IPED Celebrates 25 Years of Partnership with Catholic Relief Services


International Political Economy, (IPED) a graduate program at Fordham University, is celebrating 25 years of partnership with Catholic Relief Services (CRS).(Courtesy of Marian Hana for The Fordham Ram)

International Political Economy (IPED), a graduate program at Fordham University, is celebrating 25 years of partnership with Catholic Relief Services (CRS). IPED is focused on international economic relations and global development, and has partnered with organizations such as Catholic Relief Services, which is the international humanitarian agency of the Catholic Community in the United States.

Henry Schwalenberg is a professor in the economics department at Fordham University and is the director of the IPED graduate program. He teaches courses on foreign aid, project assessment and international economics. He said IPED is one of the smaller programs at Fordham, but it is competitive and selective. About 40% of the students in the program work in the private sector, with CRS being the second largest employer for students who graduate.

“It’s about using the tools of political and economic analysis to look at the international economy and issues of development,” said Schwalenberg. Graduate students can then use these tools to help with issues such as international poverty and food insecurity.

“25 years ago, I made a phone call to Catholic Relief Services and I said we’d like to have more practical field experience for these students so then they can then get a better start in this field,” said Schwalenberg.

He said the partnership began with two of the IPED students going to Zimbabwe for a semester. “After that, it expanded to a number of countries. Now we have sent students to 27 countries around the world,” Schwalenberg said.

Students who are a part of IPED and work for Catholic Relief Services get to work on various pressing world issues. Some work to combat food insecurity, while others work on malaria and Ebola. Over 80 students have found jobs through this partnership.

The theme of the 25 year celebration is “forming leaders for global development.” People who wish to partake in this initiative have the opportunity to work with some of the world’s most important issues, especially in countries that have limited resources. Some of the countries include Somalia, Afghanistan and Timor. The work can range from helping kids receive a better education, to ensuring communities have access to healthy food.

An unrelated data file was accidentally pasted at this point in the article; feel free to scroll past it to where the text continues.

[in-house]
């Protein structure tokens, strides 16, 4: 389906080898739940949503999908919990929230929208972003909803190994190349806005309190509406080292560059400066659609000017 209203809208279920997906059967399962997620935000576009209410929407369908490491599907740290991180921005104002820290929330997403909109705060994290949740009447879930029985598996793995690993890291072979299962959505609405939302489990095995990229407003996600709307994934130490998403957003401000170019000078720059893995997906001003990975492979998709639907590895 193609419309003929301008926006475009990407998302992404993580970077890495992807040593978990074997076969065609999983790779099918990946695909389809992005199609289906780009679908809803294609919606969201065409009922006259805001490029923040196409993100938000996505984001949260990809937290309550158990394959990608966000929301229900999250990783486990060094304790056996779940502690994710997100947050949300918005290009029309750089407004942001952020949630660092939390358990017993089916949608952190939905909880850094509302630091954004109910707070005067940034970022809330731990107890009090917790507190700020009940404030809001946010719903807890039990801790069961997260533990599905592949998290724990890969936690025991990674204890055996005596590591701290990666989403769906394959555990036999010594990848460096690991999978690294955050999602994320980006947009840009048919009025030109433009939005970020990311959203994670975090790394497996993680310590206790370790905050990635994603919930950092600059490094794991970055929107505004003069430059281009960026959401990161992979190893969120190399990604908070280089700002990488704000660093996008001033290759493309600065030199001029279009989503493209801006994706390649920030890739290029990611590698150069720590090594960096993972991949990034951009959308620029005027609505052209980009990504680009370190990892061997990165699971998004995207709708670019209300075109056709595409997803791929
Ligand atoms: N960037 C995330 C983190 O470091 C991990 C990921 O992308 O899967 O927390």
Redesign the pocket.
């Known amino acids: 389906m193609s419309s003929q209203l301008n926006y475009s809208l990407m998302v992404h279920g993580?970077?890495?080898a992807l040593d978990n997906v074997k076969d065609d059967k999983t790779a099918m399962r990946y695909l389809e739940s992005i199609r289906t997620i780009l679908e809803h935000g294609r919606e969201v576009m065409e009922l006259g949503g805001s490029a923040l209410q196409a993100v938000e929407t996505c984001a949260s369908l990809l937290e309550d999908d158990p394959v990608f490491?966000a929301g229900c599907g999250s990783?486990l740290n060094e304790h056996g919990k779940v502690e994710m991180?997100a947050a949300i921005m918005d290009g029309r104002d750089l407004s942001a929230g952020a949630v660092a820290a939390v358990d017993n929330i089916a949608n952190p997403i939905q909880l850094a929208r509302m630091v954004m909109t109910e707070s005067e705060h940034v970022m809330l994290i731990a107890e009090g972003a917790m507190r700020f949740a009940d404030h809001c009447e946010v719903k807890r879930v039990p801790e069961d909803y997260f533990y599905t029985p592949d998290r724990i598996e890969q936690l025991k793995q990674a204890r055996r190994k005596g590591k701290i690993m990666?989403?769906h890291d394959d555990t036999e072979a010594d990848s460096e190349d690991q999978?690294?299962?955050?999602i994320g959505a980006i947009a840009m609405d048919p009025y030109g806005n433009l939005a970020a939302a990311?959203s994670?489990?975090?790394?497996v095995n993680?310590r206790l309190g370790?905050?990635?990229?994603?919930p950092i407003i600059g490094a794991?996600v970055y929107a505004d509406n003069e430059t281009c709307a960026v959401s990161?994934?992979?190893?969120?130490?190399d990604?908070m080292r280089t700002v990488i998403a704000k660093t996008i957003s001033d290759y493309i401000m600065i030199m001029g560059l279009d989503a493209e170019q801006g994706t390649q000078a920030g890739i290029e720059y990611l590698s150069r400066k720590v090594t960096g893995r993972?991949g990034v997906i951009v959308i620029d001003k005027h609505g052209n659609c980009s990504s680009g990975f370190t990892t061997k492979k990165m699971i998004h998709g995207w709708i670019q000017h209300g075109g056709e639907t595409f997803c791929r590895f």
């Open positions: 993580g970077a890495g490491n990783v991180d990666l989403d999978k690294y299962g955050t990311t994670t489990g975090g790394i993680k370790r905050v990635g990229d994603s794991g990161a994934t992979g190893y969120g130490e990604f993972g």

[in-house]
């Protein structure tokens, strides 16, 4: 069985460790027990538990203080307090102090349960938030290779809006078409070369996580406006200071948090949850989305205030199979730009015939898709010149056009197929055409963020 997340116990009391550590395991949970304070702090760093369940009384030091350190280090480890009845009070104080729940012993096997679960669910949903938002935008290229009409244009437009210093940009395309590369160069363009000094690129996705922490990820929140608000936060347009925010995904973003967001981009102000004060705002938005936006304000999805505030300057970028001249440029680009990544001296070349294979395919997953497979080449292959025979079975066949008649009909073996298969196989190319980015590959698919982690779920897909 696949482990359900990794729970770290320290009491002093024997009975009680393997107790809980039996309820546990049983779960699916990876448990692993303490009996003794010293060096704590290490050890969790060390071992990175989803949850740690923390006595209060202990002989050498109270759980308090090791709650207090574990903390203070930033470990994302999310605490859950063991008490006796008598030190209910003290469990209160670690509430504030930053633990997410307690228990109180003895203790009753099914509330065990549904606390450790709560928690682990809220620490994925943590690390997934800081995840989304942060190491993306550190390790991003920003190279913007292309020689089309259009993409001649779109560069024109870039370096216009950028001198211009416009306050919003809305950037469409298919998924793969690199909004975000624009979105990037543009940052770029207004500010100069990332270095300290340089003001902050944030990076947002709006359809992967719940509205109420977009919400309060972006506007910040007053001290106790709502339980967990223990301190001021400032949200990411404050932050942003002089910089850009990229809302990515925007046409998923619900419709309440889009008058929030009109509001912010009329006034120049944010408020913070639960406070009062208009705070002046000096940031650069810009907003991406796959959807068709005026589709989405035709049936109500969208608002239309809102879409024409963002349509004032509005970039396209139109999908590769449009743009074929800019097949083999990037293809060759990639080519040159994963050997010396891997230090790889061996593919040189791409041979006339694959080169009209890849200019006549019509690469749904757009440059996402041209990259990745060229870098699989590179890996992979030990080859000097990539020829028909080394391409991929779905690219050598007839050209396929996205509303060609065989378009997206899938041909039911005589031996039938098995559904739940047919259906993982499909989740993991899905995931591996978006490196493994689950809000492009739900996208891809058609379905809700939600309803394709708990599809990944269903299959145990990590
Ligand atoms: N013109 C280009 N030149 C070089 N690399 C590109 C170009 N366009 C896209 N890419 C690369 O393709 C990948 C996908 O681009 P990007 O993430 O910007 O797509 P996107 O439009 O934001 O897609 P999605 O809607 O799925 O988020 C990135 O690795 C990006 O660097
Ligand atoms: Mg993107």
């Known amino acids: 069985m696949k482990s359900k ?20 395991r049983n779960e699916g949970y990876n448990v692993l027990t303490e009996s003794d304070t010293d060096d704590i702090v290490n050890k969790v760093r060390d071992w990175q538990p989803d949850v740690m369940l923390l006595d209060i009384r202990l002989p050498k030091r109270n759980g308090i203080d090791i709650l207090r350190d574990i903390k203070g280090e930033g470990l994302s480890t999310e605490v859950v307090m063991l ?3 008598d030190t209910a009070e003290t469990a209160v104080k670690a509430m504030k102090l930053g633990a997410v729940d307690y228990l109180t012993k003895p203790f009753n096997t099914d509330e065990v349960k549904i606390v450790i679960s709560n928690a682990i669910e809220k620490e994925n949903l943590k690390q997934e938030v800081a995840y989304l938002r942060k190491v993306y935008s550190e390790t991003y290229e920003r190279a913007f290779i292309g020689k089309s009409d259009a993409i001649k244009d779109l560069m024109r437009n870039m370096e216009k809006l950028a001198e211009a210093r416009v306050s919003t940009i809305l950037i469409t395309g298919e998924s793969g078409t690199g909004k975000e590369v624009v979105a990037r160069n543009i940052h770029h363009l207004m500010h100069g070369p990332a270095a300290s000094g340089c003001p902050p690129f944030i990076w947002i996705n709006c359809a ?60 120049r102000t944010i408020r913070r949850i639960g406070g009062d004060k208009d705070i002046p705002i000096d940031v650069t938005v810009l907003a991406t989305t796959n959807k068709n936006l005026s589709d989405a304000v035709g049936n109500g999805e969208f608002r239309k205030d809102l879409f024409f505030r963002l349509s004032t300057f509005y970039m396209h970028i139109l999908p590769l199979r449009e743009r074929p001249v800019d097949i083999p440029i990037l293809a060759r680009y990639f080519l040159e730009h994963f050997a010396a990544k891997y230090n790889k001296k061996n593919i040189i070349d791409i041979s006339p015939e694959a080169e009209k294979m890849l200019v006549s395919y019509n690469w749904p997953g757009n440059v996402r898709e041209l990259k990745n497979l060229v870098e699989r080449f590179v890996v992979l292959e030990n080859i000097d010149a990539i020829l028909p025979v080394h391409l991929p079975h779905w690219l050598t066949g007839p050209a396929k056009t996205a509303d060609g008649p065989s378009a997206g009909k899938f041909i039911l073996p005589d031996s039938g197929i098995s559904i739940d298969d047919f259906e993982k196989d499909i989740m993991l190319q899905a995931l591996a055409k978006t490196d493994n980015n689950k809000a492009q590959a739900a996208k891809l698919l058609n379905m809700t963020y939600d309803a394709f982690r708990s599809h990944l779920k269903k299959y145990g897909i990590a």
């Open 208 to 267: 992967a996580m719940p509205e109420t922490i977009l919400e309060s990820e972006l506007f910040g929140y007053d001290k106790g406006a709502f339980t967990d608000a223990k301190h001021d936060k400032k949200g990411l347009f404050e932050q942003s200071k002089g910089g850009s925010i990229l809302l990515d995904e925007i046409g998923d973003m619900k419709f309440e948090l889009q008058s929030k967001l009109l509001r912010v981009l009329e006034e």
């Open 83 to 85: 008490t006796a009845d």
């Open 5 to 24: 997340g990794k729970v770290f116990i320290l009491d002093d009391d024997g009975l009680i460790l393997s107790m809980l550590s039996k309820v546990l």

“A future plan for us is definitely to keep doing this, because it provides a wonderful opportunity for students who come,” said Schwalenberg. He also touched on the undergraduate CRS club, where members of the club advocate for global poverty around the company. It started a couple years ago, and Schwalenberg said he hopes it can raise awareness about international conflicts and the IPED program itself.

“CRS does a really good job at exploring faith and action,” said Alexandra Tamsi, FCRH ’24. She is a member of the club and said she sees the benefits of the IPED program, and their partnership with CRS.

“The world needs talented people, and there’s a lot of trouble in the world right now and we need to solve some of these problems,” said Sean Callahan, president and CEO of Catholic Relief Services. IPED aims to help CRS come in contact with these individuals.

Callahan said the partnership is natural given all the things the IPED program and CRS have in common. He said there is a shared belief in faith and the importance of being here to make a difference.

“The poor need excellence, they need the best people out there,” said Callahan. He said that the IPED program is a crucial factor in giving talented people the opportunity to help others in need.

“They’re hungry and they’re willing to learn,” said Callahan. He said it is important to be bold if you want to help people, and think beyond what you think is possible.

Matthew McGarry is a graduate of the IPED program, and is currently the Senior Director at Catholic Relief Services. He said that he had come into Fordham with a cloud of good intentions.

“While good intentions are nice, and they’re important, it’s not enough. It’s not even close to enough,” said McGarry. He stressed that being compassionate and wanting to do good work will help change the world, even if it is done “drop by drop.”